Directive 307, at § 7. OFCCP outlined the process by which its auditors were instructed to develop “Pay Analysis Groups” in the Notice of Rescission:
OFCCP will develop pay analysis groups by considering the following, at a minimum: The particular industry, the types of jobs and compensation at issue, the contractor’s actual compensation practices and available data. Compensation practices may differ by role (e.g., executives, managers, supervisors, and individual contributors), by level (with higher-level employees tending to receive additional or alternate forms of compensation), by function (such as sales employees who are paid on commission), by unit (department, division, location, etc.) and/or by job classification (exempt or non-exempt, part time or full time, bargaining unit, etc.). This information may be found through a review of the contractor’s policy or training documents, description of its compensation system or practices, compensation data, records and coding, job descriptions, and other facts relevant to determining groups, such as the ability of workers to rotate or transfer among different positions within a business unit, a common hiring or selection process, a common performance review practice or other common identifiable employment practice relevant to compensation.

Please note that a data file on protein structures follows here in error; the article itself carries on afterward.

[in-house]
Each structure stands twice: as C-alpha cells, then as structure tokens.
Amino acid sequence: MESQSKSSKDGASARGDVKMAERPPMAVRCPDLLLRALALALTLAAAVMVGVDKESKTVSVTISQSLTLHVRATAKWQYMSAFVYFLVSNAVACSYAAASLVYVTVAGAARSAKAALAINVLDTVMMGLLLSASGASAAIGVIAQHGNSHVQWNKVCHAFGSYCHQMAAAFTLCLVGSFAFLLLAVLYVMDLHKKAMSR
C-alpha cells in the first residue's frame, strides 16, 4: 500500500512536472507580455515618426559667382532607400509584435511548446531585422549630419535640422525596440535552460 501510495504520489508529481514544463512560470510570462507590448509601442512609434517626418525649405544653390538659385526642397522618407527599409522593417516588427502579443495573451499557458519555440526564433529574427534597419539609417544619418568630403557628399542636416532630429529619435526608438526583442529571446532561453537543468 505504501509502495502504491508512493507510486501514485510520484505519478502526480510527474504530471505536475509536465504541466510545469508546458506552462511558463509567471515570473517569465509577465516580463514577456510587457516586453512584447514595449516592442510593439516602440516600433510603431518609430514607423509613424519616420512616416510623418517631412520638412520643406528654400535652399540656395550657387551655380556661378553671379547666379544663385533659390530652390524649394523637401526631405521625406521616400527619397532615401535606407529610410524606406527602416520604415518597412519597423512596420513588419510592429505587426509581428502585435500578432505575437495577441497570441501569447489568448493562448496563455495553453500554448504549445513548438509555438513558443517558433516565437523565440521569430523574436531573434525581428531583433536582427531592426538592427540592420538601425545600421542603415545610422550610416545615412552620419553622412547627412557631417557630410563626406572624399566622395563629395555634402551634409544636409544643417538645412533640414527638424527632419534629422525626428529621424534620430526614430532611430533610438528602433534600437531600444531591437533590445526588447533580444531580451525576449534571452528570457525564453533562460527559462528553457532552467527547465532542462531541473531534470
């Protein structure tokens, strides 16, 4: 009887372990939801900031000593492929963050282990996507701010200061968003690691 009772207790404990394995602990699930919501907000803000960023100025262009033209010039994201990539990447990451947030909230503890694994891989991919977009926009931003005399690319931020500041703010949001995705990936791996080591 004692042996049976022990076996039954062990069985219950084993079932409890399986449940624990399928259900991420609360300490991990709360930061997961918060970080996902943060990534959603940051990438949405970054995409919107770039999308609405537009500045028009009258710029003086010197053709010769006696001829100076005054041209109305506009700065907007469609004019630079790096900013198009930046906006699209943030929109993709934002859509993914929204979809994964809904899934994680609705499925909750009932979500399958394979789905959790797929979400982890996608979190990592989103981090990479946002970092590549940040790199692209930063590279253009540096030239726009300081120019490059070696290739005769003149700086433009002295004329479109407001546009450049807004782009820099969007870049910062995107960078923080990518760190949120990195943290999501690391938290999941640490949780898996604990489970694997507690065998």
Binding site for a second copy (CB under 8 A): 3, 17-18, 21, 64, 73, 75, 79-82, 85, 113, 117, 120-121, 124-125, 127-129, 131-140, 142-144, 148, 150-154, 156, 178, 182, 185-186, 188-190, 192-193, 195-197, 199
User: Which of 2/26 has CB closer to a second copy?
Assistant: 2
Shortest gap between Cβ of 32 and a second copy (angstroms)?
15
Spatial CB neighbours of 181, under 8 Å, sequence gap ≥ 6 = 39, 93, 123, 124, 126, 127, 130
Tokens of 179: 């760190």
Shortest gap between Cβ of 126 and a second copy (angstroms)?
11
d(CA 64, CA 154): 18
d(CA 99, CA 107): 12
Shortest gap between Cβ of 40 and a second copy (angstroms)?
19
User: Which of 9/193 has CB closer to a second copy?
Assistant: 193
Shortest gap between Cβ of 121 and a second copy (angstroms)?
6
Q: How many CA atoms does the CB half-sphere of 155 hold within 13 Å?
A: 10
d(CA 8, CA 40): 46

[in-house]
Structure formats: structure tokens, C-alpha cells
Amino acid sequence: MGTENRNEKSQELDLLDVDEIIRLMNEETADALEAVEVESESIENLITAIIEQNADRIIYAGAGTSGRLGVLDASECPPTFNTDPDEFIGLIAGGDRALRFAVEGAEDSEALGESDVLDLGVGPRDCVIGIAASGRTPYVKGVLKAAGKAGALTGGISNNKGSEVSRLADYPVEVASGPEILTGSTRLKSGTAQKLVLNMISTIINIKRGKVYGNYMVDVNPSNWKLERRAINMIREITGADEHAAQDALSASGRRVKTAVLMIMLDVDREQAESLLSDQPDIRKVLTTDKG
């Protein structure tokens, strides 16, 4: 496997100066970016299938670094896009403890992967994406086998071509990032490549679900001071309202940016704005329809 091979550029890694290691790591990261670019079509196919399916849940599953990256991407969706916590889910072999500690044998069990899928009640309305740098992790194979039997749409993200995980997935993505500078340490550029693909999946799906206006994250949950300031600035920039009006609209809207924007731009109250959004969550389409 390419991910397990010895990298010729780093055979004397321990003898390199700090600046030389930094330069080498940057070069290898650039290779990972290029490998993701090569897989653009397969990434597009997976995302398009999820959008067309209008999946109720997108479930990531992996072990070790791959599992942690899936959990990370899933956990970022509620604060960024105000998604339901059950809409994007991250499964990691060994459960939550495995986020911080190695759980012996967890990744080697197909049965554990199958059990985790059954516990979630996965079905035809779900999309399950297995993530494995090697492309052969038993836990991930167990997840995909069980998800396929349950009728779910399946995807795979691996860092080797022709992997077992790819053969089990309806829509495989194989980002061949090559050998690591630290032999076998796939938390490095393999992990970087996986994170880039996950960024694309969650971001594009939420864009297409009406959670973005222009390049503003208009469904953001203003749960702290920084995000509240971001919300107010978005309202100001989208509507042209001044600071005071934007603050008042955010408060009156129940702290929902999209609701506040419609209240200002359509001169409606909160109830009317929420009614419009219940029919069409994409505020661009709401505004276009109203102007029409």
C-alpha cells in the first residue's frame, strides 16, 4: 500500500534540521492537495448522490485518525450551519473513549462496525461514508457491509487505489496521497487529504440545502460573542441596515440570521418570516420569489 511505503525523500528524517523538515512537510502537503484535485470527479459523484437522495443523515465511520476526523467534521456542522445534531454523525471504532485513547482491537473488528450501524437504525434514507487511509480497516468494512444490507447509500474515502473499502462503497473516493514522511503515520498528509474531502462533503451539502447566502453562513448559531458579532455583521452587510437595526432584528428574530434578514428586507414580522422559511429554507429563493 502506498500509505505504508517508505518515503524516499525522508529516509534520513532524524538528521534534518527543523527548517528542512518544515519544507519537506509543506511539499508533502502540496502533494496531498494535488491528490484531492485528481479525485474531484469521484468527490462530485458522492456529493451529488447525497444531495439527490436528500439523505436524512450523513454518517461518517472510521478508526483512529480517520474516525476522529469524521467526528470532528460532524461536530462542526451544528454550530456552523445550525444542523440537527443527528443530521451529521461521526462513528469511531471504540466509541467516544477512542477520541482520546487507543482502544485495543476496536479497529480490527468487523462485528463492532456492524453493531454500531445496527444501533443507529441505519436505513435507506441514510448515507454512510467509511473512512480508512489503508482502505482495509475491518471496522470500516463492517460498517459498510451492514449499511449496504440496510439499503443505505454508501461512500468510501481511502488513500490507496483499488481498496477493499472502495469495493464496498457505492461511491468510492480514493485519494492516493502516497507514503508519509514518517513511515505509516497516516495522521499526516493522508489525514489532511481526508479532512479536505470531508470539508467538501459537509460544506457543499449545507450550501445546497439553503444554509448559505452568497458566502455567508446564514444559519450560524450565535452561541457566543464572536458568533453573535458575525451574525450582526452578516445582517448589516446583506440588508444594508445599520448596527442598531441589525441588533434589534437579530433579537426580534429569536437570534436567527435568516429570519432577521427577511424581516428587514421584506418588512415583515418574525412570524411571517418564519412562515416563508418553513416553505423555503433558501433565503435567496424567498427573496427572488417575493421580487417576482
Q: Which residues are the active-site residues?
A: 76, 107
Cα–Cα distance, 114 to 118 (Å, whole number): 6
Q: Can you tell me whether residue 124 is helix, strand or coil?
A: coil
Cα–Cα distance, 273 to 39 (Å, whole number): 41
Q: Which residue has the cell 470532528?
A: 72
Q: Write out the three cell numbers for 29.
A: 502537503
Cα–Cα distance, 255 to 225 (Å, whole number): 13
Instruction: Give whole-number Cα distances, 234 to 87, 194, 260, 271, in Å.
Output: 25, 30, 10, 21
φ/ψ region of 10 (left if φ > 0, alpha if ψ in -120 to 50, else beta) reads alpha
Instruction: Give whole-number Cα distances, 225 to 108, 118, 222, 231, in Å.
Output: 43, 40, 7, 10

– 78 Fed. Reg. at 13,520.
When implementing Directive 307 in audits over the past five years, OFCCP has requested data from contractors on a wide variety of possible classification structures, including department, business unit, grade, job family, job sub-family, job function, job sub-function, career level, management level, etc. Upon receipt of the data, OFCCP appears to run regression models by any and all of these various structures, as well as combinations of the structures. It is widely perceived by the contractor community that the Agency determines what it will deem to be the appropriate structure based on the results of testing these many models, i.e., the appropriate structure is the one that identifies statistically significant differences in pay. OFCCP contributes to these perceptions by typically refusing to explain how it determined whether a particular classification among others was the appropriate “Pay Analysis Group.”